I made my way up to the entrance of the Lilyvale Tunnel No.2… the one I’m very familiar with. I enter it to find it well kept with blue metal laid through its entire length as it is used by the railway and Metropolitan Colliery for access. The No.2 tunnel is in remarkable condition for its age, (nearly 125 years). The high level and quality of the brickwork is astounding and my admiration for late 19th century engineering techniques, and the gangers (rail construction workers) just hit a new level. The walls are still painted up both sides of the No.2 tunnel as both Lilyvale tunnels had afterlives as mushroom farms for a good part of their existence… and it’s fair to say that they have been more a mushroom farm tunnel than a rail tunnel. The light in here seems greater now, than what my memory has me to believe. It just seems lighter in this tunnel now. One could walk through it without a torch but the curvature (near the northern end) is enough to completely obscure a view of one end to the other.
I continued out the northern side of the No.2 tunnel and immediately heard the rustlings from the Metropolitan Colliery (Helensburgh Mine). Just as I’m making my way up the old alignment, a couple of diesel engines hauling coal wagons come tearing out of the current Lilyvale tunnel heading north. Once it passes the serenity and calmness of the flora and fauna return. The track veers left and there is my answer… Lilyvale Tunnel No.1. I excitedly walk up to it and think that I’m completely satisfied with my discovery today. A HUGE smile manifest on my face, and a feeling of satisfaction.
The thought comes to me, that it seems nonsensical that the gangers didn’t blast a cutting through the hill, as the tunnel is not really tunnelling through that much; (a small spur of Stuart’s Range). I continue and walk straight through it, noticing it has only one set of manholes in the middle of the short tunnel. The tunnel is almost completely dry with little to no water leakage through its roof. The facades are in excellent condition with what appears to be not a single brick missing, and is likely to be the tunnel in best condition if you take all six disused tunnels in the area into account. On the mine side of the tunnel are a set of ominous looking gates that look quite new with a heavy gauged chain and lock. Lucky for me the gate is wide open and I pass through. I’m told there are some beautiful culverts under the new and old alignments but I could only find one on the day which appeared to be inaccessible. Will leave the discovery of those to another time.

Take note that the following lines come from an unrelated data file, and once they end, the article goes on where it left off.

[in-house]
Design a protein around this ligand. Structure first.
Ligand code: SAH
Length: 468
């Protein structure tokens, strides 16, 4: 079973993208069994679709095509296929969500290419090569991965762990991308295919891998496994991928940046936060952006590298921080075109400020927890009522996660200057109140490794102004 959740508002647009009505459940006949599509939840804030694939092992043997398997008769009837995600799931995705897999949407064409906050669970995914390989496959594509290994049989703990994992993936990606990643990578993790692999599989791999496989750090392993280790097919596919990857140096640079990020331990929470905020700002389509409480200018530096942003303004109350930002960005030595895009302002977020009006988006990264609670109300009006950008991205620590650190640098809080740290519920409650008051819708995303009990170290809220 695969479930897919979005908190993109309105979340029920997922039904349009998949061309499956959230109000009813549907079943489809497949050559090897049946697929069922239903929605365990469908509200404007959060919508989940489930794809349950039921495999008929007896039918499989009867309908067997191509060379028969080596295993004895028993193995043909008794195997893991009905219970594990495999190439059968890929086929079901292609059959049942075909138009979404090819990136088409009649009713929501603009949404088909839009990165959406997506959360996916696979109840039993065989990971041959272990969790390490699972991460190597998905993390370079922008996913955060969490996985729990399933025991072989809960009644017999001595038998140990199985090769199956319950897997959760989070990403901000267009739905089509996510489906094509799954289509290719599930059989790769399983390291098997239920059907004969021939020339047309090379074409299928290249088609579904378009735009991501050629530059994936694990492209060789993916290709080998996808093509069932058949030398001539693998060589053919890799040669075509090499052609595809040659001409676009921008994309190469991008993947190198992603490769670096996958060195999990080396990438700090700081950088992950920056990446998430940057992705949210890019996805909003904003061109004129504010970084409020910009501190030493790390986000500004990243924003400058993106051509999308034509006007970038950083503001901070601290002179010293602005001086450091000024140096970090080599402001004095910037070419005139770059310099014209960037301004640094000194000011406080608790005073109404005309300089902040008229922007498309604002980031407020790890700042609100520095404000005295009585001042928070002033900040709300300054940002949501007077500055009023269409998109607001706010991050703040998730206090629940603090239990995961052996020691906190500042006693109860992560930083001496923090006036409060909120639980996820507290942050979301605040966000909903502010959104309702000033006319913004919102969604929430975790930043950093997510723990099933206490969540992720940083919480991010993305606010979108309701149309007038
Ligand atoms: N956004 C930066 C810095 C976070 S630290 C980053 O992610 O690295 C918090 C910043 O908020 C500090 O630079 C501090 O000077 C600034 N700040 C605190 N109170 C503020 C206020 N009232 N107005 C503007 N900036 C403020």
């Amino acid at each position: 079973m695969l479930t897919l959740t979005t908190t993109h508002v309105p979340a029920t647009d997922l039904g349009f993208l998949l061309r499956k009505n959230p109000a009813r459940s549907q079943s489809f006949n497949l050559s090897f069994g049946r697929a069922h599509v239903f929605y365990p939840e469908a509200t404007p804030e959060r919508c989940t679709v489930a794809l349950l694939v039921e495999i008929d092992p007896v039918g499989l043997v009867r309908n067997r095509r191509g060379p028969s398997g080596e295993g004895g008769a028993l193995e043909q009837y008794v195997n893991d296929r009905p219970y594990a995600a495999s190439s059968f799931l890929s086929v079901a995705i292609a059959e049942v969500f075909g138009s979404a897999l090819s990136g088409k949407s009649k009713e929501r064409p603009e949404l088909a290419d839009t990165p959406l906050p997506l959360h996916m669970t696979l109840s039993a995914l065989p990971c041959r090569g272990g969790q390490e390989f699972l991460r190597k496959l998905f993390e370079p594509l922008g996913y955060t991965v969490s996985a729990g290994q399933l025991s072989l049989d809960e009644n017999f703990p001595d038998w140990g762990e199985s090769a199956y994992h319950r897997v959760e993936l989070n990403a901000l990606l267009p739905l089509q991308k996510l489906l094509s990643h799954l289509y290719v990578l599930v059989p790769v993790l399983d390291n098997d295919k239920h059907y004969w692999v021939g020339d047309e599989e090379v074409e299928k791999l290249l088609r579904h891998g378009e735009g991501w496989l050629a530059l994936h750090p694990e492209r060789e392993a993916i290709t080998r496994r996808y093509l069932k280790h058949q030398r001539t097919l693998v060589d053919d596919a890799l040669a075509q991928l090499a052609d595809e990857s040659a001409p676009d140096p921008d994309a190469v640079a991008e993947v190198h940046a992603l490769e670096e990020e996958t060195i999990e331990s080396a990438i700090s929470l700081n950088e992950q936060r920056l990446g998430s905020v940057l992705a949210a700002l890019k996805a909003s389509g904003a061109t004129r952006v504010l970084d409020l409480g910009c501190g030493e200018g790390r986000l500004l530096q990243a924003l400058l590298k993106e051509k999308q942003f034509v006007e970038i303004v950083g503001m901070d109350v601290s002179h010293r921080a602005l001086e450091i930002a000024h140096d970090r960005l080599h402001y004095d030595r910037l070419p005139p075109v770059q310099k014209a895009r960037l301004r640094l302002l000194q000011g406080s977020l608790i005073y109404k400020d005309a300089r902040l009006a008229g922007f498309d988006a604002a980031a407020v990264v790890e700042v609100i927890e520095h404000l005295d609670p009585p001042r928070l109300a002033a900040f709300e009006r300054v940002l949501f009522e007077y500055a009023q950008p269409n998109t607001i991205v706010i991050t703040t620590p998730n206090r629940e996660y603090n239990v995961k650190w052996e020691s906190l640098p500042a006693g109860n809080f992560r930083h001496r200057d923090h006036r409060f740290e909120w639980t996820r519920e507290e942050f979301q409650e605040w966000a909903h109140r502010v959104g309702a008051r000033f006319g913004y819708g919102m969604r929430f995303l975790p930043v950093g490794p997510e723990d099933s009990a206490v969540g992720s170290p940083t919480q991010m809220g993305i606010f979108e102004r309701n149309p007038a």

Interactive Map Provided by © Bing Maps.
Continuing out of the Lilyvale Tunnel No.1, I walked the old alignment until I reach the Metropolitan mine boundary which is fenced and gated. In the late 1800’s, early 1900’s the railway line went across the Metropolitan Colliery’s current mine coal storage area and ahead through the dead straight Metropolitan Tunnel; exiting out at Helensburgh’s 1st Railway Station, (part of which is still there today). After some time, I head back the way I came. Along the way I visited the site of the 2nd Lilyvale Railway Station as I remember this from my youth. For more information about Lilyvale’s history visit: Lilyvale – The Almost Forgotten.
The two southern tunnels at Lilyvale are known as Tunnels No 5 and 6. Tunnel 5 has since been vested to the Department of Lands.
Images/Photos, and Article © Ian Piggott 2009-2013 – all rights reserved,